Cathay Pacific adds HK-NJ direct flights
Cathay Pacific Airways (Cathay) has added a direct flight trip between Hong Kong International Airport and Newark Liberty International Airport, a move the airline said underscores its growing presence in the New York area and China.
“Last year, 59 million people flew through Hong Kong International Airport and [Cathay] carried 29 million,” said Rupert Hogg, COO for Cathay. “Clearly, aviation is incredibly important to Hong Kong and we’ve grown in lockstep with the Hong Kong hub.”
Hogg called New York City “a very large gateway for us, and we now have five flights a day into New York”.
Hogg, who was appointed COO on March 14, made his comments on Thursday at an event hosted by HSBC Bank USA and the Hong Kong Association of New York ( HKANY). His address touched on the outlook for Cathay’s global business model, the role of Hong Kong as a global aviation hub and Cathay’s position as the largest Asian airline operating out of the New York area.
Hogg said that the airline’s geographic advantage, worldclass infrastructure and being a strong and expansive home-base carrier will help bolster the efforts to “generate acceptable levels of profit”.
“By the middle of the year we will have four flights a day between Hong Kong and Los Angeles, two a day to San Francisco and 10 flights a week to Chicago. We have invested heavily in joining America and Hong Kong,” he said.
Cathay — the international flag carrier of Hong Kong — and its subsidiary Dragonair operate both scheduled passenger and cargo services to more than 150 destinations in more than 40 countries.
Cathay is also a founding member of Oneworld, one of the three largest airline alliances in the world.
China accounted for almost 1.5 million visitors to the US in 2012, according to the latest full-year data from the Office of Travel and Tourism Industries (OTTI). A 35 percent increase in Chinese visitor volume was the largest among the top 10 international visitation markets.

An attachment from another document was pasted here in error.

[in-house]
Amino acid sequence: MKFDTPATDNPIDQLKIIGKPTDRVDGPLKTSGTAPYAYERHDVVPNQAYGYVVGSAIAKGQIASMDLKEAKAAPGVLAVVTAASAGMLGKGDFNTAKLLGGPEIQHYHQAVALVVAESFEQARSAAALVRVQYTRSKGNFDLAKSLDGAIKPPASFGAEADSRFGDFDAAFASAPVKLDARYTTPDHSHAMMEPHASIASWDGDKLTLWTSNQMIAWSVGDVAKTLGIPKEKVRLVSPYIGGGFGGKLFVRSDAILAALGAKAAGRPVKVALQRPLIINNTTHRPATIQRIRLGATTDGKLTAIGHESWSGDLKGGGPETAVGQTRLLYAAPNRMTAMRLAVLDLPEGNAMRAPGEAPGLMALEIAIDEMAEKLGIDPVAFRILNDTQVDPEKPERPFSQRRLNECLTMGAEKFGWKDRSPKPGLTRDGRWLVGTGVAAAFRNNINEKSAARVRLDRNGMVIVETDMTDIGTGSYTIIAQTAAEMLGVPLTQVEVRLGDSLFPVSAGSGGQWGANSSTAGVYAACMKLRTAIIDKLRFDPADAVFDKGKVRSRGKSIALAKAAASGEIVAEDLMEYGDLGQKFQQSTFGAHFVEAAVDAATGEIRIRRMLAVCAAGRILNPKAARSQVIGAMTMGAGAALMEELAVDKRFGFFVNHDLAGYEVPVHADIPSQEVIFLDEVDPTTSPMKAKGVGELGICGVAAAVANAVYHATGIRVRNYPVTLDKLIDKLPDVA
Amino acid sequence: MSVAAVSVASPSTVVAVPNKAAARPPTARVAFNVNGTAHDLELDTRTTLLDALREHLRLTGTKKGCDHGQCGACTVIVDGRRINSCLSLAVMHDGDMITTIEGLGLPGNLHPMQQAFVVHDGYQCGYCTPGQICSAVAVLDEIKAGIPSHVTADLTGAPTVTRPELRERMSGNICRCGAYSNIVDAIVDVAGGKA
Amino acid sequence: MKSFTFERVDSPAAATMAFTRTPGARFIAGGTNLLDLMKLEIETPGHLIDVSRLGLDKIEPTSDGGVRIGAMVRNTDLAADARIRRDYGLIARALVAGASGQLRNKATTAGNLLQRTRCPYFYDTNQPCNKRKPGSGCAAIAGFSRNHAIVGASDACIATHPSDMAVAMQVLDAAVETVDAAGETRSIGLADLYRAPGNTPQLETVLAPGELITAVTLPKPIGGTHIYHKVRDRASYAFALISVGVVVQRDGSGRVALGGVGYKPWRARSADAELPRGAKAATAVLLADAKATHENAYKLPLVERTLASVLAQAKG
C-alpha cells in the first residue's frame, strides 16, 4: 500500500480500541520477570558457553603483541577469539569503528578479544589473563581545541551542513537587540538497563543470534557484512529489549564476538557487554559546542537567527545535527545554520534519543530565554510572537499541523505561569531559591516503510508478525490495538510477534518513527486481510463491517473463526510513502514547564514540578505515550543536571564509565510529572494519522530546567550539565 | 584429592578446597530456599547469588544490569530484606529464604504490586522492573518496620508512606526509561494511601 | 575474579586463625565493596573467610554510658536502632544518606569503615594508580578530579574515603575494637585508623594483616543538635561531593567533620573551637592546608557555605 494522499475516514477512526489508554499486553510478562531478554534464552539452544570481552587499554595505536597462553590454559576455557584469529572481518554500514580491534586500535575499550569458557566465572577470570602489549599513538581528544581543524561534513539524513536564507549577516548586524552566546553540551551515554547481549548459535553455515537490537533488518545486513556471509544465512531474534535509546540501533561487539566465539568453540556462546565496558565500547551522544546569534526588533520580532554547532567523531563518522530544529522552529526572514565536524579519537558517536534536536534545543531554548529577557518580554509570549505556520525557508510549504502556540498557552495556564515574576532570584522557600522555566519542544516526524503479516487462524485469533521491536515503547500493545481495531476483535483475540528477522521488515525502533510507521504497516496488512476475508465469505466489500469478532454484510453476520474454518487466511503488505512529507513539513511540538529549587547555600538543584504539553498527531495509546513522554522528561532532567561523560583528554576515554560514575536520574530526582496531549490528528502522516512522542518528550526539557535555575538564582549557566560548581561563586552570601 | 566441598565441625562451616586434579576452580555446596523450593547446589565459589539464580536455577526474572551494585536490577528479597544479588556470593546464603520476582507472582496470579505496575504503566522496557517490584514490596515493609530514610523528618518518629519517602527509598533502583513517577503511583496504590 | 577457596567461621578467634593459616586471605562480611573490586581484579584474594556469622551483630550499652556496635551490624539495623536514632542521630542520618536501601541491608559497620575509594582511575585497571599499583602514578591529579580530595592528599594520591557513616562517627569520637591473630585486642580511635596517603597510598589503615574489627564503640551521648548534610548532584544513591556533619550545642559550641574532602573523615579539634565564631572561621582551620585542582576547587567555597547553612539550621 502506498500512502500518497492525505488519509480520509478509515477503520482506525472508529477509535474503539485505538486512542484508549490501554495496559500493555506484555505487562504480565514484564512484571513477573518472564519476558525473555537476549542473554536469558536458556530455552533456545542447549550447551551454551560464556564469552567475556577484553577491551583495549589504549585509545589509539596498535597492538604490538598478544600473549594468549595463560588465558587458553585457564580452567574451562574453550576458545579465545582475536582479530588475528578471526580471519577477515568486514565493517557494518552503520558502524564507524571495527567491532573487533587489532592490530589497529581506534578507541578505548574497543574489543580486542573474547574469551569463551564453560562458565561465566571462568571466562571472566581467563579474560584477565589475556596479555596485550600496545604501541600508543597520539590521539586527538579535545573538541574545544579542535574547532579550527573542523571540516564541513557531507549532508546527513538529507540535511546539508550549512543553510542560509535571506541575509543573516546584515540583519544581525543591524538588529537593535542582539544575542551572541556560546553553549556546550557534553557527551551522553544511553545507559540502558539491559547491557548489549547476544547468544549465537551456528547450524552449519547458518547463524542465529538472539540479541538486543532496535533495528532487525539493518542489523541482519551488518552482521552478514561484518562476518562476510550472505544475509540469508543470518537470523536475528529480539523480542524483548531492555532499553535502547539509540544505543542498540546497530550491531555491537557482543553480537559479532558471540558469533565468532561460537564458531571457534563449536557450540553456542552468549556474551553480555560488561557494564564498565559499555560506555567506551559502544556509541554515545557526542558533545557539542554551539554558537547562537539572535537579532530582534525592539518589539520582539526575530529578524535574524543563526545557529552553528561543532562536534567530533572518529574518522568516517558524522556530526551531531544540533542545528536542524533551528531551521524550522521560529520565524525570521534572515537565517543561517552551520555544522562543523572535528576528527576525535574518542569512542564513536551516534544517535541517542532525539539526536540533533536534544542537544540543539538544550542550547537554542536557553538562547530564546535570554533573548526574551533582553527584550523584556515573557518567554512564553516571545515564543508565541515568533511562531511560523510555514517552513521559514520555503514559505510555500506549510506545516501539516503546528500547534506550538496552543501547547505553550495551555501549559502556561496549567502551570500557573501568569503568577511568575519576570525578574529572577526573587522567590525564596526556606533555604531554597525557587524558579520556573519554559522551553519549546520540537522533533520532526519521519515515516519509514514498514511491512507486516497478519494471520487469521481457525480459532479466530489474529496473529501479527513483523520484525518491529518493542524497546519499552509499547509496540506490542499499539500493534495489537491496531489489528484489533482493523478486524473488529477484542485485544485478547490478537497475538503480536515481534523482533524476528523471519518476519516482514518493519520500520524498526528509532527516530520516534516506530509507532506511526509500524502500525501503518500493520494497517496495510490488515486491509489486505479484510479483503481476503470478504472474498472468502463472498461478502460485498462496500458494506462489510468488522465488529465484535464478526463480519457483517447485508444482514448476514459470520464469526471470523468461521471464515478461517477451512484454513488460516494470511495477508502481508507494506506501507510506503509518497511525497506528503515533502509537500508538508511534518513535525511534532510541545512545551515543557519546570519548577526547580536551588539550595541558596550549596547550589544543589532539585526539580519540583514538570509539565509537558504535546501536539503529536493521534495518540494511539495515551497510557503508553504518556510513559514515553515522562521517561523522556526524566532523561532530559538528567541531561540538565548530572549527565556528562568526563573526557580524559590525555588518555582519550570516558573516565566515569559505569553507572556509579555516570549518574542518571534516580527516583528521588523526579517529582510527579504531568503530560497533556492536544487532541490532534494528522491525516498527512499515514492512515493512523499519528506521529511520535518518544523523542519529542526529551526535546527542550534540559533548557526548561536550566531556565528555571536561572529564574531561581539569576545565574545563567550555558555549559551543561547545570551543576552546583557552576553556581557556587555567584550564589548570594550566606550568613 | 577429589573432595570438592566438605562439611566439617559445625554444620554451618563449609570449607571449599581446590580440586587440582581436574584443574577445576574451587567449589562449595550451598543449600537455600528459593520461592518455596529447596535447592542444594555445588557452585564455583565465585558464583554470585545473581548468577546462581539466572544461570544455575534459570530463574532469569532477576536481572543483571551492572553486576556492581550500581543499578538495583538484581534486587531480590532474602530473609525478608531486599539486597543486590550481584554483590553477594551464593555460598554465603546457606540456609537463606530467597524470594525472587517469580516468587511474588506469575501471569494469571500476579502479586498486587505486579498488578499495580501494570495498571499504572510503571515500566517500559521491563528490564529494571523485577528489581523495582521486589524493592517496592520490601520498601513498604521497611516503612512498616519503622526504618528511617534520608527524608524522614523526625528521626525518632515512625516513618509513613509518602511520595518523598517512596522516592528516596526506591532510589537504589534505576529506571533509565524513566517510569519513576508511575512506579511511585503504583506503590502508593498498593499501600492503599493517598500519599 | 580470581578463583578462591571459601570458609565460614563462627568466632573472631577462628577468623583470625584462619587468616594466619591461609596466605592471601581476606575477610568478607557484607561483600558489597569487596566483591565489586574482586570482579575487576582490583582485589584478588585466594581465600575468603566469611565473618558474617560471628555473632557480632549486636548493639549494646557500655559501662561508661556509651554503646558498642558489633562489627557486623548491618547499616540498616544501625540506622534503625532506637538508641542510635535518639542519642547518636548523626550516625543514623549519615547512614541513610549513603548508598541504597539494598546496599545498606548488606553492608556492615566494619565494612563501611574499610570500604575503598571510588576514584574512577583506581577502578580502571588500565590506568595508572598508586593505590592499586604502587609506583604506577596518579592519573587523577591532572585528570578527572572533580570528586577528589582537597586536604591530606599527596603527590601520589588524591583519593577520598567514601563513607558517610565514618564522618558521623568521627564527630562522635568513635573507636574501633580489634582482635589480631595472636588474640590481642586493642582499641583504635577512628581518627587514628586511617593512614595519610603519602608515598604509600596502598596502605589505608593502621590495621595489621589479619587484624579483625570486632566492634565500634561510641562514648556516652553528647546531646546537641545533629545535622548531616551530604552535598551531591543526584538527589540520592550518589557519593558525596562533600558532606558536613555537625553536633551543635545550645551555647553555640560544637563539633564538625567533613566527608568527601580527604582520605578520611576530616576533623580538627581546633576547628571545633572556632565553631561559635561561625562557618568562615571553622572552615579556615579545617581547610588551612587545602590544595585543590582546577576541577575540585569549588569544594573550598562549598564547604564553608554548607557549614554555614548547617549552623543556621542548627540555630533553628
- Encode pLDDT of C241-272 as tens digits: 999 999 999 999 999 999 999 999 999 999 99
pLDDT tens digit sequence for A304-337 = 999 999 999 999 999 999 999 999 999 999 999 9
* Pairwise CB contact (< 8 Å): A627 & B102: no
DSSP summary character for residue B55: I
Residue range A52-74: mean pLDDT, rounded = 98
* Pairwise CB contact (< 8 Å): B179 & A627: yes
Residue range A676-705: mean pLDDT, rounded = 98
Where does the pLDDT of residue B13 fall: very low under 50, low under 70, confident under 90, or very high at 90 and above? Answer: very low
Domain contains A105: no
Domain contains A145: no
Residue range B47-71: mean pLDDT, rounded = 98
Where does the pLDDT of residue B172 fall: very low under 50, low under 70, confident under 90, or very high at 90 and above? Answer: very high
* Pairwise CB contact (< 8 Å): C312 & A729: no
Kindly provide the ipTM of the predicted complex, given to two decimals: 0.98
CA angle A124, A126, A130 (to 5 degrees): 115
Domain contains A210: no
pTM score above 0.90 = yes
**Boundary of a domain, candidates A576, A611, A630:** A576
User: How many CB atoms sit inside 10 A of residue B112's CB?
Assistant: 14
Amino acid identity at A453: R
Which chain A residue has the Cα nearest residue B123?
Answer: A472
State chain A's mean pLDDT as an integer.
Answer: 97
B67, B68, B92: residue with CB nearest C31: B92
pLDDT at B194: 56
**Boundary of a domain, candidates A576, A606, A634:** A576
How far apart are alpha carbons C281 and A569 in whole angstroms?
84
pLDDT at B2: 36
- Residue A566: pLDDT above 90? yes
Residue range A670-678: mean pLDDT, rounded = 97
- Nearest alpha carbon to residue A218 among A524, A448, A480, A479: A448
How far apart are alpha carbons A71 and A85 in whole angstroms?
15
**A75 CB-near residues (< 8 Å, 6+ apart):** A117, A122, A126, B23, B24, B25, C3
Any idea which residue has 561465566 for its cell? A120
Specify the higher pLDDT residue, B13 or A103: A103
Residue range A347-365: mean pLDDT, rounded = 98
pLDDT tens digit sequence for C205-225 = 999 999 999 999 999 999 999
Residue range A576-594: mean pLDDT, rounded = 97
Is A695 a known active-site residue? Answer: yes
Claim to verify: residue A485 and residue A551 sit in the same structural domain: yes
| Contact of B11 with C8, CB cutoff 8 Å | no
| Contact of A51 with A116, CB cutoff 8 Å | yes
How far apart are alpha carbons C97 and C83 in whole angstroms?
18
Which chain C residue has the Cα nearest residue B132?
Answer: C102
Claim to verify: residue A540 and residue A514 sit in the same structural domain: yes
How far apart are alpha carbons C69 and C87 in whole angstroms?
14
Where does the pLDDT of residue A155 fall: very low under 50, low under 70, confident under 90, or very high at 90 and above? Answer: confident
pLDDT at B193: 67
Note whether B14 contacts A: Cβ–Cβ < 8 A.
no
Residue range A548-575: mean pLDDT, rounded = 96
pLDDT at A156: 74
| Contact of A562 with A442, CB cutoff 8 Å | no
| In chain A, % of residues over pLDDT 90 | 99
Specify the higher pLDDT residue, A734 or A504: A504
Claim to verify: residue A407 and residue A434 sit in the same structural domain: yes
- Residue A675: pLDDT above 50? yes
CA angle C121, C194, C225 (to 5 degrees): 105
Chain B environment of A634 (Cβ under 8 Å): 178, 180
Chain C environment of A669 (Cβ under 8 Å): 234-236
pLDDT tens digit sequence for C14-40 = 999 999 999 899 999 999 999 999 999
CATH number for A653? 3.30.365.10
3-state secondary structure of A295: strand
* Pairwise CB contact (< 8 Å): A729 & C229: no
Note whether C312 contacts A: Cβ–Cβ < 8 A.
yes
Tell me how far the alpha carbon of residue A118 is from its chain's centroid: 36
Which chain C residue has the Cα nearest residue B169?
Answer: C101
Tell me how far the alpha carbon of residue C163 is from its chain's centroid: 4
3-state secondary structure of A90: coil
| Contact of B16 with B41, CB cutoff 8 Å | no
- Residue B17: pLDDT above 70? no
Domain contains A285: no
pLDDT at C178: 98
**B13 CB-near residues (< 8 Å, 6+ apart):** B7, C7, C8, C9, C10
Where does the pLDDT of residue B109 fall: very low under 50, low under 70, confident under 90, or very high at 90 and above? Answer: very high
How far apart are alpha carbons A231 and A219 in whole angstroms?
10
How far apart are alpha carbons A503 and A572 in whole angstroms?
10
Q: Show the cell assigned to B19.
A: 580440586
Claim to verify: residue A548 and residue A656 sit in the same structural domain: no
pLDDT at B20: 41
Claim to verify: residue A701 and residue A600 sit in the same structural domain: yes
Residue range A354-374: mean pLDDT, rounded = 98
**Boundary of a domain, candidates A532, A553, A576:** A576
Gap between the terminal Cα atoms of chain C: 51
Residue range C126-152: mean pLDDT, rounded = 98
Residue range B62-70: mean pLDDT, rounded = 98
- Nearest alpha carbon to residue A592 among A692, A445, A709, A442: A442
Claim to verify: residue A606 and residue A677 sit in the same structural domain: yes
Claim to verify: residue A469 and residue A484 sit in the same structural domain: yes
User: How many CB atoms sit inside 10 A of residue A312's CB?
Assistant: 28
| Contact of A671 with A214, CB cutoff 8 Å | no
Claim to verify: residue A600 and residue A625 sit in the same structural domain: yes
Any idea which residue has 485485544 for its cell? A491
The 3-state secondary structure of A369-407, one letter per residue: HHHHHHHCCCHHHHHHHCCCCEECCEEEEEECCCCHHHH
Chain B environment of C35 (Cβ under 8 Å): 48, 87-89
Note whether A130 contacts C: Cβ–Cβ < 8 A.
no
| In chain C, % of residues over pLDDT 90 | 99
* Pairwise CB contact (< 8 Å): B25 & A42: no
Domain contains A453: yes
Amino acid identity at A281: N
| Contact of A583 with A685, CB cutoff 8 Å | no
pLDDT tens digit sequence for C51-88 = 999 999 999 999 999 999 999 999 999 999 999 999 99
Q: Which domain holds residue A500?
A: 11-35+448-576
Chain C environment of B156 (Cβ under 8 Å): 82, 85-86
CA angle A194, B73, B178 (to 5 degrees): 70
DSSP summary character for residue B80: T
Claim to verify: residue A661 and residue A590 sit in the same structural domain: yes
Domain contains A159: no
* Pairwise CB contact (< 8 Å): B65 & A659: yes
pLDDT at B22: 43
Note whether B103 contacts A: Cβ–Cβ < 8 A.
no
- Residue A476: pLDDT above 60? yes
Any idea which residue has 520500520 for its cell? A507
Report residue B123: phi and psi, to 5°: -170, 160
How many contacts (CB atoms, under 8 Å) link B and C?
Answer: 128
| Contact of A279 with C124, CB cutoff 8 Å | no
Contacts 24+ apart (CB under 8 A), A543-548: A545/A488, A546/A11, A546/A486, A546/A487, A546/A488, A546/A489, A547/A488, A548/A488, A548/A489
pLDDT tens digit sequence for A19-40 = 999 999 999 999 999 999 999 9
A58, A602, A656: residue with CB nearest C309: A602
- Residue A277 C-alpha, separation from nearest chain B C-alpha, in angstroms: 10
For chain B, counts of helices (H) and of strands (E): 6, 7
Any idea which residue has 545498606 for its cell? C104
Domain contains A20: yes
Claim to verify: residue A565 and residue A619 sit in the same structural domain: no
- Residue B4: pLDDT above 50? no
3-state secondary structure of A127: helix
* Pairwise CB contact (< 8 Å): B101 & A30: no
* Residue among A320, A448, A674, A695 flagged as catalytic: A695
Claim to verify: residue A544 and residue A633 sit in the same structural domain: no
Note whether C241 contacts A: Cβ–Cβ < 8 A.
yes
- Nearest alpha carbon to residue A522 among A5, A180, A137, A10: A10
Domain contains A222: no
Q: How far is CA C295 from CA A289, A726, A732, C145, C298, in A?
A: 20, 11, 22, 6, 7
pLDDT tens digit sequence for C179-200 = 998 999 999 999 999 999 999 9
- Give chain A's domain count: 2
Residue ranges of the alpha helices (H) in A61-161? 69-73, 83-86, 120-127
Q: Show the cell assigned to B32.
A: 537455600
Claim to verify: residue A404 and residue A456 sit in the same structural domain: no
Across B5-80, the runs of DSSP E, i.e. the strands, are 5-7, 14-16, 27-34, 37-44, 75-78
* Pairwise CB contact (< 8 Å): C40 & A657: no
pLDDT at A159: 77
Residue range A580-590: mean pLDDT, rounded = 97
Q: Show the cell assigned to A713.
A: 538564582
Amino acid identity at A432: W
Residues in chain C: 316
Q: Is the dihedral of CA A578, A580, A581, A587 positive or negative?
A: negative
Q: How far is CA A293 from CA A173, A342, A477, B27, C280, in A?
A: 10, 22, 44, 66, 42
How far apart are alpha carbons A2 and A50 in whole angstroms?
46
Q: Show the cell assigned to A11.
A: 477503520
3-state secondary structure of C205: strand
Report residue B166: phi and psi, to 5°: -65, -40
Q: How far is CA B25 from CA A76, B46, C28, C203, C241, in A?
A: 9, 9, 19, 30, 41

Air travel between the world’s two largest economies, US and China, has become increasingly profitable in recent years, and other airlines have increased or will increase the number of flights offered.
Hainan Airlines, China’s fourth-largest airline company, has made several successful overtures to expand in the US.
Earlier this year Hainan Airlines doubled its direct weekly flights between Beijing and Chicago to four.
In De c ember, Hainan also secured federal approval for nonstop roundtrip service at Boston’s Logan International Airport, which could begin as early as June. Until recently, Boston was the largest US airline market without nonstop service to China.
Mike Boyd — president of Boyd Group International, an aviation consulting firm based in Evergreen, Colorado — said there’s going to be “a lot of Chinese demand over to the US,” but the main issue facing Cathay is the traffic that airlines have seen in northern China.
“Cathay Pacific is in southern China but the action is happening is northern China, and that puts the ball in the court of Hainan, Air China, China Southern etc,” Boyd said Thursday in an interview with China Daily. “It will still be a strong move for Cathay, but we tend to think of Hong Kong as yesterday’s destination.”